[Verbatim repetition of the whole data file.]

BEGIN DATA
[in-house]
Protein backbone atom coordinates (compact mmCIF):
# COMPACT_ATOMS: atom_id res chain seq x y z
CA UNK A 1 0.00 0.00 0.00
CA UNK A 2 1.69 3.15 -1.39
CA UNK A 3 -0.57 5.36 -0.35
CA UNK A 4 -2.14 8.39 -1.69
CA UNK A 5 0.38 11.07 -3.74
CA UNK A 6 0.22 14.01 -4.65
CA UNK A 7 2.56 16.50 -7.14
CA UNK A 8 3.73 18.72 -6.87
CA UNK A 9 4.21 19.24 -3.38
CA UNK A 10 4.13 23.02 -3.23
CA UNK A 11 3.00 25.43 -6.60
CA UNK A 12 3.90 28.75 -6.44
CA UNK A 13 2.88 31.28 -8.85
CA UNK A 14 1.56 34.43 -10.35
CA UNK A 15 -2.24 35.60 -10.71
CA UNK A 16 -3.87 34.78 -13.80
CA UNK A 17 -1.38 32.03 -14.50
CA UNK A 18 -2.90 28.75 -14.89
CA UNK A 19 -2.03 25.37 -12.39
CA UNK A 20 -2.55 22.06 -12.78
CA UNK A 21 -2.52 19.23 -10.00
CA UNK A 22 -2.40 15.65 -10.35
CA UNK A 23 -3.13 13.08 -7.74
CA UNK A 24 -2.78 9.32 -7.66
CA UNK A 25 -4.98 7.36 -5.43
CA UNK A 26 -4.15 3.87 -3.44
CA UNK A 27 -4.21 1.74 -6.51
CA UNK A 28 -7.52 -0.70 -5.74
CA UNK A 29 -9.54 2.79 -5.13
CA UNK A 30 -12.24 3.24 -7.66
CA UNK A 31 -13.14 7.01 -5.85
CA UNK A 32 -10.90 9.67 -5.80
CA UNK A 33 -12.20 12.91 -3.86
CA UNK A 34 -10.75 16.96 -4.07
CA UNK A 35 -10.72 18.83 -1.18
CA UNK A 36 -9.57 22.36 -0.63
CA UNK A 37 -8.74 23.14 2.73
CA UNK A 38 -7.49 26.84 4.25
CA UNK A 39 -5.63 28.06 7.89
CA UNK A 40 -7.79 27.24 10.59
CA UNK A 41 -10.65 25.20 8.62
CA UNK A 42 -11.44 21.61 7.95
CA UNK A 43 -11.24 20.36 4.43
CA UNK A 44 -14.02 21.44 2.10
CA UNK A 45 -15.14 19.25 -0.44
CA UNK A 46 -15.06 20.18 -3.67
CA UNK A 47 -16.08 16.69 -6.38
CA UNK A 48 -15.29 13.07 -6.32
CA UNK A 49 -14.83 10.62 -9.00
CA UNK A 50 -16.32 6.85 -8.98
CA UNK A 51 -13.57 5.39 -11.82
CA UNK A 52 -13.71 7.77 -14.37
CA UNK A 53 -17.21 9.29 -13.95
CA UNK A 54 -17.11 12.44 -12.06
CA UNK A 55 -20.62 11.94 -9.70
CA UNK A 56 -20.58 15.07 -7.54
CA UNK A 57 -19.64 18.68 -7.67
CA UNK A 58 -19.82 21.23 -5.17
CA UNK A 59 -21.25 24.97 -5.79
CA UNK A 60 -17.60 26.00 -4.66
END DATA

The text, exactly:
[in-house]
Protein backbone atom coordinates (compact mmCIF):
# COMPACT_ATOMS: atom_id res chain seq x y z
CA UNK A 1 0.00 0.00 0.00
CA UNK A 2 1.69 3.15 -1.39
CA UNK A 3 -0.57 5.36 -0.35
CA UNK A 4 -2.14 8.39 -1.69
CA UNK A 5 0.38 11.07 -3.74
CA UNK A 6 0.22 14.01 -4.65
CA UNK A 7 2.56 16.50 -7.14
CA UNK A 8 3.73 18.72 -6.87
CA UNK A 9 4.21 19.24 -3.38
CA UNK A 10 4.13 23.02 -3.23
CA UNK A 11 3.00 25.43 -6.60
CA UNK A 12 3.90 28.75 -6.44
CA UNK A 13 2.88 31.28 -8.85
CA UNK A 14 1.56 34.43 -10.35
CA UNK A 15 -2.24 35.60 -10.71
CA UNK A 16 -3.87 34.78 -13.80
CA UNK A 17 -1.38 32.03 -14.50
CA UNK A 18 -2.90 28.75 -14.89
CA UNK A 19 -2.03 25.37 -12.39
CA UNK A 20 -2.55 22.06 -12.78
CA UNK A 21 -2.52 19.23 -10.00
CA UNK A 22 -2.40 15.65 -10.35
CA UNK A 23 -3.13 13.08 -7.74
CA UNK A 24 -2.78 9.32 -7.66
CA UNK A 25 -4.98 7.36 -5.43
CA UNK A 26 -4.15 3.87 -3.44
CA UNK A 27 -4.21 1.74 -6.51
CA UNK A 28 -7.52 -0.70 -5.74
CA UNK A 29 -9.54 2.79 -5.13
CA UNK A 30 -12.24 3.24 -7.66
CA UNK A 31 -13.14 7.01 -5.85
CA UNK A 32 -10.90 9.67 -5.80
CA UNK A 33 -12.20 12.91 -3.86
CA UNK A 34 -10.75 16.96 -4.07
CA UNK A 35 -10.72 18.83 -1.18
CA UNK A 36 -9.57 22.36 -0.63
CA UNK A 37 -8.74 23.14 2.73
CA UNK A 38 -7.49 26.84 4.25
CA UNK A 39 -5.63 28.06 7.89
CA UNK A 40 -7.79 27.24 10.59
CA UNK A 41 -10.65 25.20 8.62
CA UNK A 42 -11.44 21.61 7.95
CA UNK A 43 -11.24 20.36 4.43
CA UNK A 44 -14.02 21.44 2.10
CA UNK A 45 -15.14 19.25 -0.44
CA UNK A 46 -15.06 20.18 -3.67
CA UNK A 47 -16.08 16.69 -6.38
CA UNK A 48 -15.29 13.07 -6.32
CA UNK A 49 -14.83 10.62 -9.00
CA UNK A 50 -16.32 6.85 -8.98
CA UNK A 51 -13.57 5.39 -11.82
CA UNK A 52 -13.71 7.77 -14.37
CA UNK A 53 -17.21 9.29 -13.95
CA UNK A 54 -17.11 12.44 -12.06
CA UNK A 55 -20.62 11.94 -9.70
CA UNK A 56 -20.58 15.07 -7.54
CA UNK A 57 -19.64 18.68 -7.67
CA UNK A 58 -19.82 21.23 -5.17
CA UNK A 59 -21.25 24.97 -5.79
CA UNK A 60 -17.60 26.00 -4.66